“We thank Commercialisation Australia for its support of this worthwhile and important project … and will leverage these funds to create a new export industry for Australia,” Mr Gleeson said.

Calico is another firm to have benefited from Commercialisation Australia funding. Its founder Jack Owens, said while the grant had been integral to his business’s growth and development, that the withdrawal of the funding model was a flawed decision.

“In our case the CA program and mentors were fantastic,” Mr Owens said.

“It considerably sharpened our model and the grant helped fund Calico’s Australian software (that’s) now used in over 50 countries.

“(However) I think the reduction of funding for Australian innovation is incredibly short-sighted.”

Other startups in Perth have also lamented the ending of Commercialisation Australia.

Boundlss co-founder and director Jonah Cacioppe is closer than many to the machinations of grants funding, having been commissioned to report on the local start-up funding scene last year.

“Our report showed that Commercialisation Australia was critical in funding over half the most innovative companies coming out of WA over the last five years, and that their money brought in additional funds from private and venture capital sources,” Mr Cacioppe said.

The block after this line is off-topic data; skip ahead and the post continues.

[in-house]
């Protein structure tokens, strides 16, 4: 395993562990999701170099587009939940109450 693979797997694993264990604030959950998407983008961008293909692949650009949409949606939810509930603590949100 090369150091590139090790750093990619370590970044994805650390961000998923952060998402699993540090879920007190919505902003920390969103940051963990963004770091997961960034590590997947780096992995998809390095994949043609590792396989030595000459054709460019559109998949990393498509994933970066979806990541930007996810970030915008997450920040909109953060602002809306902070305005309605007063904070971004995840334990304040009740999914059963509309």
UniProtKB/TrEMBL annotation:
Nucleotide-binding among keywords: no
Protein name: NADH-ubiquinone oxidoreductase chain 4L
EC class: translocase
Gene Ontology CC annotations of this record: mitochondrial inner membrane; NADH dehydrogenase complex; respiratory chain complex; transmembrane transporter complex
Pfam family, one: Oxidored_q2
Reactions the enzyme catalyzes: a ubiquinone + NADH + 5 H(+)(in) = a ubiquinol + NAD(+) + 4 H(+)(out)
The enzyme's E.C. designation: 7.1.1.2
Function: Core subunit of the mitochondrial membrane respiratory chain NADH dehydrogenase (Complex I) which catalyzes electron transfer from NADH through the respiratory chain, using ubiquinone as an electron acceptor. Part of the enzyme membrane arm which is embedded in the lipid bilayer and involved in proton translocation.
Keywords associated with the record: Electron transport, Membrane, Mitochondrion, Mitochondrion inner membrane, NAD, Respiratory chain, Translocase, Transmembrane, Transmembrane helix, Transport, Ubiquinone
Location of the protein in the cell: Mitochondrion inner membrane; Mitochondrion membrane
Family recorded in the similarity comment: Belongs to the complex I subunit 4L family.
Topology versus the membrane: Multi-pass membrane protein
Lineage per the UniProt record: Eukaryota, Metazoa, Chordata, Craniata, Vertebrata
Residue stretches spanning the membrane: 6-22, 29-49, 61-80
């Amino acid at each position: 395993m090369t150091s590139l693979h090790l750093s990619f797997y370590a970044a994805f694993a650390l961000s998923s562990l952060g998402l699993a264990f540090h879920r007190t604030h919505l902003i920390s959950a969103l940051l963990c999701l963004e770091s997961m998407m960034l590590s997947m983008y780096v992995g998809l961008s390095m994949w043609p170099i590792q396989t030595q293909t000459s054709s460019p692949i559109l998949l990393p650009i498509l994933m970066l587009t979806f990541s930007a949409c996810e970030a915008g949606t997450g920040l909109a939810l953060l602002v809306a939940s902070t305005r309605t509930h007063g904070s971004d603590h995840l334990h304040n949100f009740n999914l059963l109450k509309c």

With sector grants funding having taken a major hit in the budget, how the new commitments under the Entrepreneur’s Infrastructure Program will be introduced remains unclear.

The budget papers have this to say: “[the program will] focus on supporting the commercialisation of good ideas, job creation and lifting the capability of small business, the provision of market and industry information, and the facilitation of access to business management advice and skills from experienced private sector providers and researchers”.

Fine words, but what will this mean in practice? Even Industry Minister MacFarlane could not provide any detail. Instead, he mentioned a “consultation” process with “industry stakeholders”, which is to happen sometime after July.

The federal budget didn’t stop there in terms of disappointments for start-ups, however. As reported in ‘Start-ups seek options on tax’ (Business News, March 17), there was pre-budget optimism in the sector that start-ups would be allowed to provide employee share options without creating an immediate personal tax liability.

The budget failed to address the issue, however.

Furthermore, the R&D tax offset (perhaps the only government system that can provide cash for startups) has been reduced, linked to the reduction in company tax rate of 1.5 per cent.

So it’s not very good news for start-ups all round, and the hope now is that the Entrepreneur’s Infrastructure Program will develop into something meaningful, albeit with a budget significantly smaller than the programs it replaces.

Charlie Gunningham is an internet entrepreneur and is the GM of Digital & Events at Business News.